Mumbai: The Monetary Policy Committee (MPC) of the Reserve Bank of India (RBI) may keep rates on hold on Thursday but inject more liquidity in the financial system to ensure transmission of its previous policy cuts in bank lending rates.
Weak monetary policy transmission is likely to be a major concern when the MPC headed by RBI Governor Shaktikanta Das meets for three days beginning June 3 to firm up the second bi-monthly monetary policy of the fiscal.
While the apex bank had cut the short-term lending rate (repo rate) by 50 bps since February to boost economic growth, the average bank lending rates have declined by only 5 bps, showed the publicly available data till April. Notably, several banks have cut the marginal cost of lending rate (MCLR) by a symbolic 5-15 basis points. In fact, several banks have rather raised deposit rates since February. Banks are not ready to cut rates as depo-sits and household savings are at historical lows.
Prachi Mishra, Chief Economist at Goldman Sachs says five factors may make the RBI to keep policy rates on hold: (1) uncertainty about oil prices, (2) weak El Nino conditions, and its implications for south-west monsoon, (3) with some evidence on firming up of wholesale and retail prices of food, (4) incomplete transmission of the 50 bps reduction in the policy rate, and therefore, (5) a cautious wait and watch approach to make progress on more complete and faster transmission and also to evaluate the implications of any new government policies for growth and inflation.
"Our call is in line with market expectation—market pricing of less than 50 per cent chance of a cut in policy rates in June. However, we do see continued liquidity injections to take place in the near term, through open market operations (OMOs), FX tools, and regulatory measures, in line with the clear forward guidance provided by the RBI during the last MPC," said Mishra.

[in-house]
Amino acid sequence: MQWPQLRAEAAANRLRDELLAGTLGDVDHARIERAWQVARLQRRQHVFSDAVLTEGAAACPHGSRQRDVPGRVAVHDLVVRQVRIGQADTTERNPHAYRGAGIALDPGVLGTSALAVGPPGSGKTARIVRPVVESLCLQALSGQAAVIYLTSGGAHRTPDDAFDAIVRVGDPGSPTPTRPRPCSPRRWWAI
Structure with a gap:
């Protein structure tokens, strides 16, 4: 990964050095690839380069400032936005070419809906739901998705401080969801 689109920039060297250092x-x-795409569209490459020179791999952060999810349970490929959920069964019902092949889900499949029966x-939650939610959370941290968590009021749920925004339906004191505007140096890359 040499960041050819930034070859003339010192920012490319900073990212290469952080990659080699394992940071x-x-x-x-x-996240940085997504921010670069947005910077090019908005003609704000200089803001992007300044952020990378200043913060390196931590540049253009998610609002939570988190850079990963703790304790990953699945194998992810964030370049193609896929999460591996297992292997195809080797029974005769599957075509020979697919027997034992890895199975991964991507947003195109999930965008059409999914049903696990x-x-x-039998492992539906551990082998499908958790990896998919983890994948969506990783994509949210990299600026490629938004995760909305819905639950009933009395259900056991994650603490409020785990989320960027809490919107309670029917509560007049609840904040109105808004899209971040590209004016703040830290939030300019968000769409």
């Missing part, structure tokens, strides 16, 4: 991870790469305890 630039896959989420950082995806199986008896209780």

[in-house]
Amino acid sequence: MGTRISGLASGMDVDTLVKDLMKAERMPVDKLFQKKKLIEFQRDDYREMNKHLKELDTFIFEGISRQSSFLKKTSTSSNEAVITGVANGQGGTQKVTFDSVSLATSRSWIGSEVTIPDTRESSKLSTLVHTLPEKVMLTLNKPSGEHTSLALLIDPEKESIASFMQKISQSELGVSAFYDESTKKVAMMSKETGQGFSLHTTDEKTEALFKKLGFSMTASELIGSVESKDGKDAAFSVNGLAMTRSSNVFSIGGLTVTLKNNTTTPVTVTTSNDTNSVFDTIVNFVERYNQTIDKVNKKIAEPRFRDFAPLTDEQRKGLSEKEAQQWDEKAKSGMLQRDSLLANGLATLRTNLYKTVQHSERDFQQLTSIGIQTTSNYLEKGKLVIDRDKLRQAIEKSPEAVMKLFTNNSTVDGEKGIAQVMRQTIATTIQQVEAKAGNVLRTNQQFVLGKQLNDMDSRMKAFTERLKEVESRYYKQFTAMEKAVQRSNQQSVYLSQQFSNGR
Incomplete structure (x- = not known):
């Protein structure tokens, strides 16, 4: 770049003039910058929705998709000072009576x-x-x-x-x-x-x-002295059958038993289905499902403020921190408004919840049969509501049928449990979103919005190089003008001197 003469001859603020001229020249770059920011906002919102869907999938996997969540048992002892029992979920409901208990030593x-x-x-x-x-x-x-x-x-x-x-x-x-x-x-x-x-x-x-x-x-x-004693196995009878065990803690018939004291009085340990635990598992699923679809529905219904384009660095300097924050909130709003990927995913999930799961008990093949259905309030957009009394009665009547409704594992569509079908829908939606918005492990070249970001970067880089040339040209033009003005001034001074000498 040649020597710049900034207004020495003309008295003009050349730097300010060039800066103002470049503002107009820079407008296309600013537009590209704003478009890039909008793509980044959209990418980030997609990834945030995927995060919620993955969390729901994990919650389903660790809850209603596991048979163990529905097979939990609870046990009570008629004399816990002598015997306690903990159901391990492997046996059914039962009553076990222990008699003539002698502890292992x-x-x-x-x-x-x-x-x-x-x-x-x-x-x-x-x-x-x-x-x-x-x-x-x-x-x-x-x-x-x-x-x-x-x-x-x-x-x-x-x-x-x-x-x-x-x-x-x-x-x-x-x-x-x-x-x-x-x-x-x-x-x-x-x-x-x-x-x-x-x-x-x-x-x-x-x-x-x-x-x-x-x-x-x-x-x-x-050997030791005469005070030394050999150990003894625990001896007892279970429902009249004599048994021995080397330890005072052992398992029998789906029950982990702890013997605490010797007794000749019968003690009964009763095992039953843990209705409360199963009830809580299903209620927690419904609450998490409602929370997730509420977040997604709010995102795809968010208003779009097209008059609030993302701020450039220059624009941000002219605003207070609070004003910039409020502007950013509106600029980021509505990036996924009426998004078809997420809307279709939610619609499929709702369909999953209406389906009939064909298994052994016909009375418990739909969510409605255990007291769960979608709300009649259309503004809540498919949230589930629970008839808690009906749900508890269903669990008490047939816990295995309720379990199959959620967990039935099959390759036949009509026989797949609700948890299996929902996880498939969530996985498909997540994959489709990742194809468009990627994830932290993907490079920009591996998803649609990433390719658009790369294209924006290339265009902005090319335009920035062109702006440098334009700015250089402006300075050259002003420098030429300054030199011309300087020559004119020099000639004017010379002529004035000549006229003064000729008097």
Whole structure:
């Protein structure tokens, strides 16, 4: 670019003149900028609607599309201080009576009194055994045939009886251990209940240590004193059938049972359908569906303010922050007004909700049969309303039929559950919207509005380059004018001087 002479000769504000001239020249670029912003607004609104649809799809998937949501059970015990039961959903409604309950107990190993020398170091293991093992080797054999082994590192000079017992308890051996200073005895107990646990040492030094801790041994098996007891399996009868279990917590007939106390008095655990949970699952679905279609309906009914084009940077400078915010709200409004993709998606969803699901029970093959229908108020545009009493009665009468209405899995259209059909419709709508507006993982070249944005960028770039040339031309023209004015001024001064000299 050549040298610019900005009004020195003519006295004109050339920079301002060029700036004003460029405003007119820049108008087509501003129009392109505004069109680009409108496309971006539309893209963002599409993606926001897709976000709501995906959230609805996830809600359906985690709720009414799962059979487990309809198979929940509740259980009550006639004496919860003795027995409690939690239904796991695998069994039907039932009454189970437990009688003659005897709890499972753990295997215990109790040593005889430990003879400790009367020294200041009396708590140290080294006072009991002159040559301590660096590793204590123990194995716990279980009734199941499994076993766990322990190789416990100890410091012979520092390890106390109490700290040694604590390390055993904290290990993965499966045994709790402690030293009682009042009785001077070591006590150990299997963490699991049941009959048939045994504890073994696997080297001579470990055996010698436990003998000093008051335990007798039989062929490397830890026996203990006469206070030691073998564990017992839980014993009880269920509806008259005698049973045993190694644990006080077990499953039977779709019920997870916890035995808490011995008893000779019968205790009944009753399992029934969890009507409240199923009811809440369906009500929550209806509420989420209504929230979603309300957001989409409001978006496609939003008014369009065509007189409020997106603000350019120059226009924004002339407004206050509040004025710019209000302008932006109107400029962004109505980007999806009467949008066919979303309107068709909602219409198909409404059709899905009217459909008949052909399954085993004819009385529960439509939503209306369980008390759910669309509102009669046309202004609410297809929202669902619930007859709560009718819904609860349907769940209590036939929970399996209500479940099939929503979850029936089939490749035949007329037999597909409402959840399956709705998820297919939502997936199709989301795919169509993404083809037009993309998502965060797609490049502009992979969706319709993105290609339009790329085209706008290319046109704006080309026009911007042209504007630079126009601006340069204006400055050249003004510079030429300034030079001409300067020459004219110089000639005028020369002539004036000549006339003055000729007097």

The liquidity deficit has fallen from an average of Rs 86,500 crore in April 19 to Rs 46,500 crore in May 19 and the RBI may look at taking it to neutral level.
Sameer Narang, Chief Economist at Bank of Baroda, said, "There are many factors which may make the MPC to be in wait and watch mode. For instance, the pre-monsoon showers are below normal. Hence, the sowing activity is behind, which may drive food prices higher...The MPC would also want to know the fiscal stance of the government on July 5. However, on the positive side, oil prices have fallen by 10 per cent in May 19."
The bond market, however, is expecting the MPC to cut rates as the economic growth has plunged to a 20-quarter low to 5.8 per cent in Q4 FY19 and inflation remains benign. The full- year FY19 GDP growth has come to a five-year low at 6.8 per cent compared to 7.2 per cent in FY18. The 10-year benchmark bond yield ended the week at 7.03 per cent and yields have fallen by 32 bps since the last policy due to a fall in oil prices and expectations of a rate cut in June, added Narang.
Madan Sabnavis, Chief Economist at Care Ratings ,said, "There is a 50 per cent chance that the RBI will go in for a rate cut by 25 per cent in its June’19 policy to give an impetus to the lagging growth."...